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How to Make Your First Mortgage Payment

Inside Mortgage Finance News reported on October 28, 2014 …

“Total mortgage-related complaints filed by borrowers with the Consumer Financial Protection Bureau fell again in the third quarter of 2014 – the fifth drop in the last six quarters, according to figures compiled by Inside the CFPB.

     Data contained in the CFPB’s consumer complaint database show that such consumer gripes fell 17.6 percent in the third quarter of the year, and are now down 23.6 percent from the same period in 2013.”

     It’s also been documented via the 2013 CFPB’s Consumer Response Annual Report, that:

“A full 26% of the complaints received that year surrounded the act of making Mortgage Payments … i.e., loan servicing, making actual monthly payments, and escrow payments.”

It’s great that the number of problems and complaints is finally down … but why is this portion of the process still so frustrating for so many Borrowers?  How come so many new Mortgage holders don’t know how to make their first Mortgage Payment?

The explanation is rather simple.  Unlike in the past, where a bank or Lender would handle the servicing of their client’s Mortgage and accept the monthly Mortgage and Escrow payments throughout the entire term of the loan … today’s Mortgage servicing and servicing rights are often sold to outside sources, or companies called Mortgage Servicers.

As a Mortgage Lender, I explain to my clients in detail at the time of their Application and again at their Mortgage Closing:  If the servicing of their Mortgage will be sold or sourced elsewhere, when it will take place, and how it will take place at some period after the Closing of their loan.  I also send my clients a “1st Payment Reminder Letter” that reiterates the detailed instructions I provided them regarding this matter.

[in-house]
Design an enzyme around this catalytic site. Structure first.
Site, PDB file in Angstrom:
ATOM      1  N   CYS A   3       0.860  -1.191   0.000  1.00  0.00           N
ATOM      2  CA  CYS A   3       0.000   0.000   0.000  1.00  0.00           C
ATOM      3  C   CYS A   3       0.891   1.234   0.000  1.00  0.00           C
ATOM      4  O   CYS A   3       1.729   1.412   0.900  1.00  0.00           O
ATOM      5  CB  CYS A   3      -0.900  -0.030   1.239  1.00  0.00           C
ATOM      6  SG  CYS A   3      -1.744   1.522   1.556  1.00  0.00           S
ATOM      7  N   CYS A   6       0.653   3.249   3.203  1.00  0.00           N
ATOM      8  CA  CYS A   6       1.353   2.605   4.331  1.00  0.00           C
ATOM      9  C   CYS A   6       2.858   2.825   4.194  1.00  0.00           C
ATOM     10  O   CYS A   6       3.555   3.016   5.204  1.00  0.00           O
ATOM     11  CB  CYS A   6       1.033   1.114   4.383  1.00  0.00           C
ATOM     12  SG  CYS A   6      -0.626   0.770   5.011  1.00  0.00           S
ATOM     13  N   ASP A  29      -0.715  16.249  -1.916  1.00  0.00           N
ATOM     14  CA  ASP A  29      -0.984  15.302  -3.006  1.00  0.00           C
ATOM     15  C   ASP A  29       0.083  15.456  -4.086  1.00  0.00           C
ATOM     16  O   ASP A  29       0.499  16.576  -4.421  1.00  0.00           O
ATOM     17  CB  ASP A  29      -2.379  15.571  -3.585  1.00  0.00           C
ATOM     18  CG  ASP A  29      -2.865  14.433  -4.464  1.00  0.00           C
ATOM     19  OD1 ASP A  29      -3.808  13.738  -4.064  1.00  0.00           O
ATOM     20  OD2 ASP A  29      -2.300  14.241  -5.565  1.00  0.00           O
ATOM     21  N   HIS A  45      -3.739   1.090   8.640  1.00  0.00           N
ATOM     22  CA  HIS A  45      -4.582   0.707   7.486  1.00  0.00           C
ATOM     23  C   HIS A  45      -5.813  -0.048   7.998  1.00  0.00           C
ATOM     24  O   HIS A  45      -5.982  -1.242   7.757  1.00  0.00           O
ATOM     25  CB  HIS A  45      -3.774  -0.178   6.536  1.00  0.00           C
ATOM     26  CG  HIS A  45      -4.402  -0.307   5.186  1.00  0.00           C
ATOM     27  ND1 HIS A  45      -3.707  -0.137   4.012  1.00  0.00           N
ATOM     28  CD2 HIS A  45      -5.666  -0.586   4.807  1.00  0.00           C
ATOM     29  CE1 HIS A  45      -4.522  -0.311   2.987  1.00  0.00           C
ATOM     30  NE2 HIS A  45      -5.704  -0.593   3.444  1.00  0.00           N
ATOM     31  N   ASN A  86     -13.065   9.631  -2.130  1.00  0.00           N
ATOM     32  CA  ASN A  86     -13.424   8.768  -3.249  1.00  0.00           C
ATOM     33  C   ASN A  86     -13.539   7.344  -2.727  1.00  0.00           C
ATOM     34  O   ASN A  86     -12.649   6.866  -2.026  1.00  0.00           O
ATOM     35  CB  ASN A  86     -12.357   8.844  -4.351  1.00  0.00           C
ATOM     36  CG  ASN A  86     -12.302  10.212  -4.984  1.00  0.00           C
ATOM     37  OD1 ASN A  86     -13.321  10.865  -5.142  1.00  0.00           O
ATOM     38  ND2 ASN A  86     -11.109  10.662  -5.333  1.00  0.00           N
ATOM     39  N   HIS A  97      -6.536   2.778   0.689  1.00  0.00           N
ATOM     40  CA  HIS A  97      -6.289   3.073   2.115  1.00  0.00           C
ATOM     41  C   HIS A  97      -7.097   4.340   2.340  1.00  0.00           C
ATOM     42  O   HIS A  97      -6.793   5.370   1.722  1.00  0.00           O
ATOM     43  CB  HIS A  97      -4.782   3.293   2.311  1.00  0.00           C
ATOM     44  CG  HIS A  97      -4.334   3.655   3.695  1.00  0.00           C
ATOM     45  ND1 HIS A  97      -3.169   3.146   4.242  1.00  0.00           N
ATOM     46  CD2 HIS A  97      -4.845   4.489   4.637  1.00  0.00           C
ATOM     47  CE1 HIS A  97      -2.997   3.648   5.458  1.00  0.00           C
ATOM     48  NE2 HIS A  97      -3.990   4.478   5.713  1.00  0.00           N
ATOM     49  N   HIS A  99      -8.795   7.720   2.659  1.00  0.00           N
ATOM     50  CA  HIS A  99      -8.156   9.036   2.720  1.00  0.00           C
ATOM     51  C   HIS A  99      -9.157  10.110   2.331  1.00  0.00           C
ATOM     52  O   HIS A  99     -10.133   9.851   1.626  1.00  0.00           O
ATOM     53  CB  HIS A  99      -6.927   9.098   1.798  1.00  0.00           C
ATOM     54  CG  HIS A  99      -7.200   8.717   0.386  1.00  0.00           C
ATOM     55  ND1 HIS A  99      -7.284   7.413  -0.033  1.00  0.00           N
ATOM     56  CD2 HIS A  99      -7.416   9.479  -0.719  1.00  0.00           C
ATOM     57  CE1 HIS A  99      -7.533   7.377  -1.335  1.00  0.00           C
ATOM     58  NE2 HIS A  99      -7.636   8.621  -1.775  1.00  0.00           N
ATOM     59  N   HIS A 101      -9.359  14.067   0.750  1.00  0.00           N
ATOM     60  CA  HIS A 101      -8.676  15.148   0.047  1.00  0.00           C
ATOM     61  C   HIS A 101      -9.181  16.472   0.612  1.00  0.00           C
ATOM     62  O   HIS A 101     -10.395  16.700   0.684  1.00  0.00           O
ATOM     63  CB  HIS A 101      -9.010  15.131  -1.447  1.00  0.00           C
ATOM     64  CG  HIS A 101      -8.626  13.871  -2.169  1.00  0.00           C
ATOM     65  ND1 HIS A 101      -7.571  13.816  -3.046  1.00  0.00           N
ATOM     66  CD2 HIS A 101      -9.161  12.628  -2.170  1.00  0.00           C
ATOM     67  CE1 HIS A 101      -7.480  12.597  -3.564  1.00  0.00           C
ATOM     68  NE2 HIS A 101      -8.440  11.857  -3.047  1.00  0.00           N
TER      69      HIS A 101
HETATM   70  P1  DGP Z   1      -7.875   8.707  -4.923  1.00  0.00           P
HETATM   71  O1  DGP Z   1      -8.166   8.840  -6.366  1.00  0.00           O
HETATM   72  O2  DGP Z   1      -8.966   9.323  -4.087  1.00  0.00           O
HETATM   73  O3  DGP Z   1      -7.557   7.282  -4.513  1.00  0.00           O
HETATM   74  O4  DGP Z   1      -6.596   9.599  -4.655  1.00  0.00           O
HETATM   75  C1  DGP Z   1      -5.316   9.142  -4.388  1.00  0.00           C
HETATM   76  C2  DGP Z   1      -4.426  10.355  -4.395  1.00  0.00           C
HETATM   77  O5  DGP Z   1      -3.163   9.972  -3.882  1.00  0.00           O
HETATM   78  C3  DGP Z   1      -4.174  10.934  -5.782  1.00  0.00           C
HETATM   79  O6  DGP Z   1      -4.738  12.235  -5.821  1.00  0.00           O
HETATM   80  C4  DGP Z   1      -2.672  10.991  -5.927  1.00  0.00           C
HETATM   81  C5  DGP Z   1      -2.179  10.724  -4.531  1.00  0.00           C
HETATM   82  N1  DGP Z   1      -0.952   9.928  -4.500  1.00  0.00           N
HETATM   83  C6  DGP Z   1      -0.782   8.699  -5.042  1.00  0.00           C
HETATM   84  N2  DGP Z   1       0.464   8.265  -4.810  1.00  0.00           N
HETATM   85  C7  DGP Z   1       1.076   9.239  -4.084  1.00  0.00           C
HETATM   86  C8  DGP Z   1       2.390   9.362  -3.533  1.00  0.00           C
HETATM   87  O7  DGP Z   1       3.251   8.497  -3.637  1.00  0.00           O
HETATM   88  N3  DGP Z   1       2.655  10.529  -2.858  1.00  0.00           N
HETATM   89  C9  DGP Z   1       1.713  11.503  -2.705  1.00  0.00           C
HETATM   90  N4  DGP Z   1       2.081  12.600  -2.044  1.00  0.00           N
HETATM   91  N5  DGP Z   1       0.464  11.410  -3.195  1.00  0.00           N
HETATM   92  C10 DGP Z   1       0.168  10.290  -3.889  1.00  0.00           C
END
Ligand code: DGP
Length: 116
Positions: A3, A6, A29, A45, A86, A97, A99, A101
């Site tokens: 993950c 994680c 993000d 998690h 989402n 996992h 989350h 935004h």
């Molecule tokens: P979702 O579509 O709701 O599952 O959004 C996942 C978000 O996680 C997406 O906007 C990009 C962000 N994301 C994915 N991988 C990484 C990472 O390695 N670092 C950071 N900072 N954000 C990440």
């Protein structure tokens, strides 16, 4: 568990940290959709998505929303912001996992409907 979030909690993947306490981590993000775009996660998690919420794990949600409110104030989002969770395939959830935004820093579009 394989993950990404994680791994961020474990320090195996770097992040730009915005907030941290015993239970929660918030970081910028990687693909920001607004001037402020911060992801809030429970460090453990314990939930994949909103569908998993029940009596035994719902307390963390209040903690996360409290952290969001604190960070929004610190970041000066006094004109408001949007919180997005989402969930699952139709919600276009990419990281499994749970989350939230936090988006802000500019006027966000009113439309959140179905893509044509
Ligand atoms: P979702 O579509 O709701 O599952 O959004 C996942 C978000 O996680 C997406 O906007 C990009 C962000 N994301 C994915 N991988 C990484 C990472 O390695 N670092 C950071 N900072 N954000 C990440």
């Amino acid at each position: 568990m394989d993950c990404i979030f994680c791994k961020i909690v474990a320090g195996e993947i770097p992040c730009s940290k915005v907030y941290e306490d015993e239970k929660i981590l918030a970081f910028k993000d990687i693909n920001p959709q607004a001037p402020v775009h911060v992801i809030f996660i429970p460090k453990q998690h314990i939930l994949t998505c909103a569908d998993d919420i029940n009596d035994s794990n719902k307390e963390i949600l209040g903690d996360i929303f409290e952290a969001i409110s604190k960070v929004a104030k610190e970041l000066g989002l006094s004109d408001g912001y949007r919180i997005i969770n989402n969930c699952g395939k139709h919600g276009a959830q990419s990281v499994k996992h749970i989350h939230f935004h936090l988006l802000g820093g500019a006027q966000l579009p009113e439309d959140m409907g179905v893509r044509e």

Still, questions sometimes still pop-up regarding this portion of the Mortgage Process … and obviously they still pop-up for many other new Borrowers across the country.  Issues that are causing stress and frustration.

So, I thought perhaps establishing a permanent reference point regarding the making of Mortgage Payments to new Mortgage Service providers would be helpful not only for myclients,  but also other new Mortgage holders as well.

There’s certainly a whole lot to digest during a Mortgage Closing.  Maybe you felt deluged with papers and info.

But at the time of Closing you probably were provided a Letter or Notice that contained coupons or instructions for monthly payments.  Certainly that is the case with my company, American Portfolio Mortgage Corp.  There are two (2) coupons enclosed within our client’s Closing Package.

The instructions I provide for those coupons’ use include:  

“Plan on using the coupon for the payments, UNLESS otherwise notified IN WRITING regarding a change in Lender … or Mortgage Servicer.  In most cases, an actual change in servicing is not done until 45 to 60 AFTER Closing.

     However:  The transfer of servicing may have already been initiated.  So do not panic if your check for your monthly Mortgage Payment is not cashed or processed immediately.

Should you note that this delay has taken place:  A delay typically means that the new Mortgage Servicer has been forwarded your Mortgage Payment, but not yet cashed or processed it.”

Note:  American Portfolio Mortgage Corp. (the company for which I originate) charges No Late Fee to its clients during this 15-day grace period, if the Mortgage Payment has been sent and received. 

Moving Forward:  Please follow the Notices of Payments Due, whether the billing comes from your original Lender or an Assignee (the new Mortgage Servicer).

     And Please Remember:  NO changes can be made to your Interest Rate, Principal Balance, or monthly Mortgage Payment during a change-over to a new Mortgage Servicer. Only the Escrow Account can be affected by changes in Taxes or Insurance, over the life of your loan.

     I hope the above info alleviates some of the confusion or frustrations surrounding the making of your first Mortgage Payments or working with a new Mortgage Servicer.

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